The day after a small but powerful cabal of far-right state representatives, once again, purposely sabotaged a bipartisan agreement to resolve Louisiana’s $648M fiscal cliff, State Senator Danny Martiny, a Republican from Metairie, called into WWL radio’s “Scoot” show and offered his unvarnished and extraordinarily candid assessment of why he believes the legislature is plagued by dysfunction.
You can listen to the full interview here:
Among other things, Martiny asserted that Americans for Prosperity, an anti-tax political action committee financed by the mega-billionaire brothers Charles and David Koch, had allegedly threatened to spend $100,000 to oppose any Republican legislator who refused to vote in lockstep with the organization’s political agenda.
“Americans for Prosperity pretty much laid down the gauntlet saying that if you don’t vote the way we like, we’re going to be spending $100,000 against you,” he claimed, “And I’m all for Americans for Prosperity, but they shouldn’t be calling the shots. We need to be voting based on the needs of our constituents, not based on the political needs of Americans for Prosperity.”
Already, the group has released slickly-produced digital ads attacking Republican state representatives Mark Abraham, Julie Stokes, Rob Shadoin, and Ryan Gatti, with a promise that eight additional legislators are already next on their list.
Although AFP has had a presence in Louisiana since 2013, they had previously focused almost exclusively on statewide elections, campaigning against Sen. Mary Landrieu in 2014 and then in support of Sen. David Vitter’s unsuccessful race for governor in 2015.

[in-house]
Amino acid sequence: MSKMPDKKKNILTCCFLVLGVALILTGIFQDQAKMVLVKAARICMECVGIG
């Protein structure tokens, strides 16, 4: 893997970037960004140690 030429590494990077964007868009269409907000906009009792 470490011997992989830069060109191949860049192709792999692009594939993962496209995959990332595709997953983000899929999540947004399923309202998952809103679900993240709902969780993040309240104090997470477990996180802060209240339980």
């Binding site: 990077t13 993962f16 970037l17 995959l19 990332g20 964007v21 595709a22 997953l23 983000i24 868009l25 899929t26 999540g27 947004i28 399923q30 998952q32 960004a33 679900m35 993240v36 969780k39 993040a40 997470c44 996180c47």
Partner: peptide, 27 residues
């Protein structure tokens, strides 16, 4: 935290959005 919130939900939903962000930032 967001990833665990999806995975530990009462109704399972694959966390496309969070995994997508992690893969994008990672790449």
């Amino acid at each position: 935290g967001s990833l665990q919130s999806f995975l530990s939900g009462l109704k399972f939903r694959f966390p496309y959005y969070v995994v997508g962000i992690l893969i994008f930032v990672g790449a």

This is the first year the group has invested any significant amount of time or resources covering the Louisiana legislature, and during the past four months, they have asserted a daily presence, primarily through a well-funded social media campaign, during the first special session, the regular session, the second special session, and presumably during the upcoming third special session as well.
The chapter is led by John Kay, a former staffer for Gov. Bobby Jindal and a Shreveport native who earned a Bachelors in General Studies from LSUS.
Their tactics are reminiscent of David Vitter’s organization, the Louisiana Committee for a Republican Majority and now rebranded as the Louisiana Committee for a Conservative Majority, currently led by state Attorney General Jeff Landry, as well as the Louisiana Association of Business and Industry, which offers endorsements and pledges donations to any official who votes 80% or higher on their scorecard.
If State Sen. Martiny’s allegations are accurate, the efforts of Americans for Prosperity’s Louisiana chapter may run afoul of state and federal campaign finance and anti-bribery laws, which prohibit politicians from accepting quid pro quo donations in exchange for their votes. (AFP-Louisiana is also investing in promoting candidates who vote lockstep with their agenda, and on social media, they’re currently inviting people to sign a series of form letters in appreciation of their favored legislators).
Since 1997, it is worth noting, the Koch Brothers have received approximately $300M in state incentives and exemptions benefitting their company Georgia Pacific.